Key Charts

By Bryan Rich

January 9, 5:00 pm EST

We discussed yesterday how markets might look by the end of the year, if the pontifications about a global slowdown and impending crisis are dead wrong.

The reality: That is the low probability outcome.  The higher probability outcome is another 3%+ year growth in the U.S. in 2019, a resolution on the Chinese trade dispute, and a rebound in emerging market growth.

With the “high probability scenario” in mind, let’s take a look at some key charts that look very vulnerable to a sharp squeeze.

Remember, oil and stocks have been in a synchronized decline since October 3.

On Friday we looked at this chart on oil, and the break of the big downtrend that accompanied some rate-hike relief jawboning from the Fed.

Today the chart looks like this …up almost 9% from Friday.
Here’s the chart on stocks we looked at on Friday …

We broke a big level on Friday at 2,520.  We’re up another 2.3% since.

What about yields?  The fear in the interest rate market hasn’t been/wasn’t that the economy can’t withstand a 3% ten-year yield.  The fear has been the speed at which the interest rate market was moving, and the methodical tightening process of the Fed.  Would 3% quickly become 4%?

The Fed has now backed off.  That quells the fears of a “too far, too fast” adjustment in rates.  But the interest rate market had already been pricing in the worst case scenario (another recession and crisis, in part thanks to the Fed policy).  If that was an over-reaction, I suspect we’ll see a move back toward 3%-3.25% in the 10s in the coming months. As you can see in the chart, this big line is being tested today.  And as long as the Fed stays data dependent, not telegraphing another series of hikes, the market should accept a 3% ten year yield just fine.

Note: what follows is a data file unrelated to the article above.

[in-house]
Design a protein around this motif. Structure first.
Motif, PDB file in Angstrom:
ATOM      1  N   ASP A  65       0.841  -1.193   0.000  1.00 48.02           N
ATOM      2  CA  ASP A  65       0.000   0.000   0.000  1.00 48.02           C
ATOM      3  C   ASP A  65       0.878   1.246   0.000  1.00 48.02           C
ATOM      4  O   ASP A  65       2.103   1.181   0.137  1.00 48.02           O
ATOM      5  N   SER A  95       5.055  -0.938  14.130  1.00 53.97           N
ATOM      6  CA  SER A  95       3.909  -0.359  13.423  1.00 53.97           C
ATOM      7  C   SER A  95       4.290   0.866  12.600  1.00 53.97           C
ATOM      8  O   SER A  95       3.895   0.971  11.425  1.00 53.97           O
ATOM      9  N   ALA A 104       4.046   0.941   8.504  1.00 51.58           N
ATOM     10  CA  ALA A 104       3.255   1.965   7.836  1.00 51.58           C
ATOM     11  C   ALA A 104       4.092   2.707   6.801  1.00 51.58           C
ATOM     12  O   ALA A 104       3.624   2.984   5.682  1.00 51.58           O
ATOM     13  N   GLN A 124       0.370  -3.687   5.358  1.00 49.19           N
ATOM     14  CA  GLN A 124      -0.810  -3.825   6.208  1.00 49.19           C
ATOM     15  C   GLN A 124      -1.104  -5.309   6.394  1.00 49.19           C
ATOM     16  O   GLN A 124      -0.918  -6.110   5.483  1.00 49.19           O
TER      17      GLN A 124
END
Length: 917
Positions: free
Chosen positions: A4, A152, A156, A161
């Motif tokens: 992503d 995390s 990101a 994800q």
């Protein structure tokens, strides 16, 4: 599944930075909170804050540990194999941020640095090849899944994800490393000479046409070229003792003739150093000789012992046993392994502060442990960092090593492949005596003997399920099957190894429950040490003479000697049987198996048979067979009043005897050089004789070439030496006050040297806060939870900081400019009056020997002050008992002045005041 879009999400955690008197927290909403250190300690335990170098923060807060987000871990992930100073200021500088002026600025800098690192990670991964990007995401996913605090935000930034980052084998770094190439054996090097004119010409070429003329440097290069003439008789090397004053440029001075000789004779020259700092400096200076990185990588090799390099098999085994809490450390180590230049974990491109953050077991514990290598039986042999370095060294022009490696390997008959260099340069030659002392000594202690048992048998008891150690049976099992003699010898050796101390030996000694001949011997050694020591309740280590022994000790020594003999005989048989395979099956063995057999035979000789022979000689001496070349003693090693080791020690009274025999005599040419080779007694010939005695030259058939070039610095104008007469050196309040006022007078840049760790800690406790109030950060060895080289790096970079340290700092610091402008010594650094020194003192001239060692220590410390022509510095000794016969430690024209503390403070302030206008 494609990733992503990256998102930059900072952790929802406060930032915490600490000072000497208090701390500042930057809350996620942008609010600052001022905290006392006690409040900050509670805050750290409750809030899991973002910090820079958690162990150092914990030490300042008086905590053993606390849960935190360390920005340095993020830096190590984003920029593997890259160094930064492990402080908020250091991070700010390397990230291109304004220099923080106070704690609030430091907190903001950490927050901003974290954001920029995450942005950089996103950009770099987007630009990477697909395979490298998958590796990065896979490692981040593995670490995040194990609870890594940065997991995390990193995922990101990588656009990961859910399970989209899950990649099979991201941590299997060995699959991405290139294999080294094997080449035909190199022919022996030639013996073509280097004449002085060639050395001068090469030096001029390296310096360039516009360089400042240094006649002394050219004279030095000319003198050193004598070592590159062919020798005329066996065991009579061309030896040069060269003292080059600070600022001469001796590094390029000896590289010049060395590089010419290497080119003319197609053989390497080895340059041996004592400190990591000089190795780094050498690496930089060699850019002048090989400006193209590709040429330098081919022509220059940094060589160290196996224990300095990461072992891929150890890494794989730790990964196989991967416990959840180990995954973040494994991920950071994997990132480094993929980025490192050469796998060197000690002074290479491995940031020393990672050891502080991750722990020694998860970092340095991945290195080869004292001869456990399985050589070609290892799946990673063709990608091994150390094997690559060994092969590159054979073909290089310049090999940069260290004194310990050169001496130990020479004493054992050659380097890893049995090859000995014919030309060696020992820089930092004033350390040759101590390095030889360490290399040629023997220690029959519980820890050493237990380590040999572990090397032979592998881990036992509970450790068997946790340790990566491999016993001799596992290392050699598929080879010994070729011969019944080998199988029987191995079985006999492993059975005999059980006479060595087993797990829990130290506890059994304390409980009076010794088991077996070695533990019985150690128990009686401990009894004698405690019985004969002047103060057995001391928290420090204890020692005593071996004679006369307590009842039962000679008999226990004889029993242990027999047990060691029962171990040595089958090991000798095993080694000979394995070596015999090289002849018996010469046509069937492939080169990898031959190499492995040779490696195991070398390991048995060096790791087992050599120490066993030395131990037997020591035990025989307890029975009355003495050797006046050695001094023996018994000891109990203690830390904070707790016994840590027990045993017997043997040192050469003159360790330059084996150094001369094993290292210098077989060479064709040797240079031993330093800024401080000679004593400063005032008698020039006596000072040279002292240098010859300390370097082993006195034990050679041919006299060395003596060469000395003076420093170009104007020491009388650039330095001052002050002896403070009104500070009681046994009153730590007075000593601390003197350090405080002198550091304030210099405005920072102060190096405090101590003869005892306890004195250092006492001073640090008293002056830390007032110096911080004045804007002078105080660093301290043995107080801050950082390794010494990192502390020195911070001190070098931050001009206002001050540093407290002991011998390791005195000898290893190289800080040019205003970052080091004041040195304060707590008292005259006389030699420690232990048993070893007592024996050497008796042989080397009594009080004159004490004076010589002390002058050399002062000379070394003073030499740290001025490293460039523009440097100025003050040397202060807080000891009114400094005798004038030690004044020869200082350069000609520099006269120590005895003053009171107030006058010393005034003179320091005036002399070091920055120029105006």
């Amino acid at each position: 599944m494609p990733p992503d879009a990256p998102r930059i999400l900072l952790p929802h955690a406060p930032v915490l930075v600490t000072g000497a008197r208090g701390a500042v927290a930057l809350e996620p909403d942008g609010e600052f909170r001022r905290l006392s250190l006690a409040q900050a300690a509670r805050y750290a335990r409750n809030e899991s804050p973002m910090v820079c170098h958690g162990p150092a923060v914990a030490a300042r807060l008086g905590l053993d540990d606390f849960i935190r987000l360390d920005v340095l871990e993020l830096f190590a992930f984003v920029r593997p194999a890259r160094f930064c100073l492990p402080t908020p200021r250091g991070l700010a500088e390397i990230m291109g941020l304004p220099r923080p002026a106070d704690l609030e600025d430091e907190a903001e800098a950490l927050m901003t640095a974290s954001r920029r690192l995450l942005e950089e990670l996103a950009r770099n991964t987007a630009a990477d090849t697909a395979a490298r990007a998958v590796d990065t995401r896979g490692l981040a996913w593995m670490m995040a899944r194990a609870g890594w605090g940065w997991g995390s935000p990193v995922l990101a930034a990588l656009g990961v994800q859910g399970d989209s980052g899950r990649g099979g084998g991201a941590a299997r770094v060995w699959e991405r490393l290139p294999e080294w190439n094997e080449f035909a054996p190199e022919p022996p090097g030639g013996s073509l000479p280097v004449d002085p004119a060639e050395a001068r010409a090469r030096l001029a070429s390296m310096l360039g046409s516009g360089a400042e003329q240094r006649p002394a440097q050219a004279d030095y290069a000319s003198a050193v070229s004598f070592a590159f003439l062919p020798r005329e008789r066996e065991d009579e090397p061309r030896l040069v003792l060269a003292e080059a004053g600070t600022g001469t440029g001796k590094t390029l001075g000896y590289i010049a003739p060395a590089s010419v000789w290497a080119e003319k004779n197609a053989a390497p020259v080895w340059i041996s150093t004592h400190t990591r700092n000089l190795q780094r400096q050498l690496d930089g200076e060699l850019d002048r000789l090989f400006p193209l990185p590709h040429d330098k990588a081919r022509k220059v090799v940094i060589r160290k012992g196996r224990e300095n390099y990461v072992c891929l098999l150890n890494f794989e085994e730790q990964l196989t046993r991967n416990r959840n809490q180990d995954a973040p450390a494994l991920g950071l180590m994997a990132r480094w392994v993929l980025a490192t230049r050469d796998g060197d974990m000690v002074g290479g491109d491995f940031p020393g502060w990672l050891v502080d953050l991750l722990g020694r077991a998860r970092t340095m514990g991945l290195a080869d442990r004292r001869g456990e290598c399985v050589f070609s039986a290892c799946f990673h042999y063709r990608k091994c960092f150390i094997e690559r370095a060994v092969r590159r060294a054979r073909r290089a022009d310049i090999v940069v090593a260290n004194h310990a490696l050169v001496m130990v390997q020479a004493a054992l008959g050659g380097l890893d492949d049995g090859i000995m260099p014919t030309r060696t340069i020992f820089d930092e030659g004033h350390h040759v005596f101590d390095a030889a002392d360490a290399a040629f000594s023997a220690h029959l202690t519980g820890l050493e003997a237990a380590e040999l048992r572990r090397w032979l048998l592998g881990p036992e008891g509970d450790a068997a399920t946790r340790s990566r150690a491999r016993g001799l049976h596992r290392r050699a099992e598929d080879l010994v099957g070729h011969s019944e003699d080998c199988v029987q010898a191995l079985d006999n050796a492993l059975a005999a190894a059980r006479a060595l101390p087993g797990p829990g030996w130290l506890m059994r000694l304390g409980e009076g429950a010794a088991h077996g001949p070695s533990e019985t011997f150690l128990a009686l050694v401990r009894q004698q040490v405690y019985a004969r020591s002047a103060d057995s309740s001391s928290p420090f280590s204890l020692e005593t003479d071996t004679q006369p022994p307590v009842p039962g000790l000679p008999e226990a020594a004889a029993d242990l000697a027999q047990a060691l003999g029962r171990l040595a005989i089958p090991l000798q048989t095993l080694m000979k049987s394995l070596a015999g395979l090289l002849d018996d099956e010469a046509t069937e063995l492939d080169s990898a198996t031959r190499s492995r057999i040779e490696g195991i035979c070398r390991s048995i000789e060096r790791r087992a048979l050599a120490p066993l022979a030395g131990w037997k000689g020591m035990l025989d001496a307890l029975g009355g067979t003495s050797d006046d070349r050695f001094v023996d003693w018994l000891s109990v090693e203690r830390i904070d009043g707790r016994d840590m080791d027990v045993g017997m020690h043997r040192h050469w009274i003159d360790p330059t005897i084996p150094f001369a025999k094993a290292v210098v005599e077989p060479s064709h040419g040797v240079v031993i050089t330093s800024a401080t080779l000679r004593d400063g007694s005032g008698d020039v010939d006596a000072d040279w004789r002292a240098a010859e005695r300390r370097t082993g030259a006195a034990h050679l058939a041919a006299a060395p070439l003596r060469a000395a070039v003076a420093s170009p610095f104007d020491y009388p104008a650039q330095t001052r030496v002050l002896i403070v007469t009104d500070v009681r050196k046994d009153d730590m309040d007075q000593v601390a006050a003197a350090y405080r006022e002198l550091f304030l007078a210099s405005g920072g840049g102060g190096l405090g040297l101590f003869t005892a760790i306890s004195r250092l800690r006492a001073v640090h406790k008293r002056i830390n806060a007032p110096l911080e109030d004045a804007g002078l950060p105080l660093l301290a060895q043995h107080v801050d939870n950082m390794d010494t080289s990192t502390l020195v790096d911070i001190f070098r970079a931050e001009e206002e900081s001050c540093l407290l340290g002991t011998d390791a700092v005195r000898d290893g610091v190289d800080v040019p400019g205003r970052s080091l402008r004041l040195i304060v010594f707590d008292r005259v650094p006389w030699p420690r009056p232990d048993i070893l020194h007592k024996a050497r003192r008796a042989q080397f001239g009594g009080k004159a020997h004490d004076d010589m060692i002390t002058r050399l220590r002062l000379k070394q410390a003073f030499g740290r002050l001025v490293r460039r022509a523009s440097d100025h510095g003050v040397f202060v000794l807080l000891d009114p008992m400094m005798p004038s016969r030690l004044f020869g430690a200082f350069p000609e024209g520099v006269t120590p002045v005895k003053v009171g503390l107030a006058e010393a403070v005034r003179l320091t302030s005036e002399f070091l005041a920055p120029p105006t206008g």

To sum up: Markets tend to be caught wrong-footed at the extremes — leaning too hard in one direction, with sentiment too depressed or too exuberant.  And I suspect we’ve seen that extreme in Q4.  Sentiment was deeply shaken by the sharp decline in stocks, and that spilled over into the outlook for global economic stability.

But as we discussed yesterday, we have a Q4 earnings season upon us that is set up for positive surprises (given the sharp downward adjustment in expectations).  And if Trump gives some ground to get a deal done with China, these key markets are set up for big and sharp recoveries.

Join me here to get my curated portfolio of 20 stocks that I think can do multiples of what broader stocks do, coming out of this market correction environment.